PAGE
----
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Welcome and acceptance: a Black mother with a special needs child.

Welcome and acceptance: a Black mother with a special needs child.

Three weeks ago, I dropped three of my four children off at The Bronx Zoo Day Camp. The Bronx Zoo let me know, via e-mail, that they had no options for campers with special needs. In a so-called “civilized, 1st world country”, there were no options for my daughter to attend with her siblings.

The mornings that we drove up to the Bronx with my daughter were tinged with sadness, knowing that I would have to steel myself and protect my daughter from the impending rejection. I made lunches in morning, and I had made four lunches, instead of three. I forgot that she couldn’t go, or maybe I just didn’t really want to remember. “Why’d you make four lunches?” their father asked.

“Oh. I guess I forgot. I’m tired.” I said and turned in the other direction, continuing the art of making four different lunches, while also keeping the waves of emotion from breaking and crashing my morning. My daughter didn’t understand why she couldn’t attend Bronx Zoo camp. She desperately wanted to go, even insisting upon wearing one of the children’s Bronx Zoo camp shirts from previous years. In her mind, perhaps just wearing the t-shirt would allow her access. My heart hurt when she attempted to line up behind her siblings when it was drop-off time. She struggled to let go of my hand, but I held it firmly, not letting go. I didn’t want to make a tough situation even tougher. I knew she was in pain, and so was I. I kept my motherly eyes bone dry. I was committed to the swallow. The little voice inside of me said “Be strong, you’re an adult. You can’t be crying out here in the street. Be an example. Be an adult.” I just kept pushing my feelings down, feeling so alone, feeling like no one could understand. No one to which I can run. I got back into the car with my daughter, and husband. I did my best to put my emotions on mute mode. I wanted to just go to a soundproof room and scream as loud as humanly possible. A storm of fiery emotions brewed just under the ice. Synonymous with my internal climate, a grey cloud opened, and it began to thunderstorm on the way back home.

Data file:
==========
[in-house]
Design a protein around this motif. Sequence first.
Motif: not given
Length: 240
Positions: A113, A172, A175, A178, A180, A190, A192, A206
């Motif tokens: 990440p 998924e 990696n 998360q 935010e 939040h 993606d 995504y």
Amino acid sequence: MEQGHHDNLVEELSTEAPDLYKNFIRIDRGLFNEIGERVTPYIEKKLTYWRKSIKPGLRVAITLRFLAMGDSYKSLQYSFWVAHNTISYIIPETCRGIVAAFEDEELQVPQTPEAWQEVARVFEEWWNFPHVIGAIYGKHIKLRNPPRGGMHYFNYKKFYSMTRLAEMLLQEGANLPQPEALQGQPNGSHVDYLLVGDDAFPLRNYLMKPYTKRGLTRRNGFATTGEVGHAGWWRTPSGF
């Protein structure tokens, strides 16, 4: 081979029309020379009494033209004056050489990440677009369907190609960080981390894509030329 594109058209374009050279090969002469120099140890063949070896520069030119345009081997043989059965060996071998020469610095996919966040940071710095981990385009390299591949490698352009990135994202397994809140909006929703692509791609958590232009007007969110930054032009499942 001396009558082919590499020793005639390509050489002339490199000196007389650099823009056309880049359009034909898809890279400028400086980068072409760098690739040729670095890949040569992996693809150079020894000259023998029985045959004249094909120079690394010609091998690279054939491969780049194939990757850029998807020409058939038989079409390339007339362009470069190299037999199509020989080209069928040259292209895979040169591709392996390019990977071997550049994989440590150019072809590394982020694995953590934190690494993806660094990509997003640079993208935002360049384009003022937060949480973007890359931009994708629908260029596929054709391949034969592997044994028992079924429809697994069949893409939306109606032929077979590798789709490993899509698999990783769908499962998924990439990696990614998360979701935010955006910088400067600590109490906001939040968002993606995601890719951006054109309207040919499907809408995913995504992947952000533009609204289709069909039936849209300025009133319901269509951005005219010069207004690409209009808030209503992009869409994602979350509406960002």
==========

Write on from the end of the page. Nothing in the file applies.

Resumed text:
Fast forward to sunny Curacao. We went to Curacao for the second time last week. While we were there, I sent all four of my children to a wonderful place called Dolphin Academy. My children all love to swim and snorkel, so it was a no-brainer. They swam in the ocean and learned about ocean life. They all seemed happy to be there, and what made me happy is that all my children, including my daughter with Down Syndrome, was able to attend. I had to certify that she could swim independently, which she could. I also had to sign paperwork that she was able to snorkel, which she can. This feeling of happiness was juxtaposed against the feeling of sadness and regret of going back to the states and not having the same feeling of lightness, of being able to have my daughter go to the same camp as her siblings. We met a lovely camp director, called Remyson, who was so kind to each one of my children, including my daughter. My children said how nice the children were, and how no one was to mean to ANY of them.

On the last day, it was 92 degrees in the shade. I picked them up in front of camp, and I took a picture in front of the big sign: “Dolphin Academy” and Remyson spotted us. He ran over and decided to photo-bomb us and we all laughed. Dolphin Academy is an experience that we will all remember, but each for many different reasons. Mine is acceptance. I thanked him with my wet sunglasses, a mixture of sweat and tears. I never forget people who are kind to me, but especially kind to my children. I have so many wishes, but my main wish is I wish the world were a kinder, accepting place.


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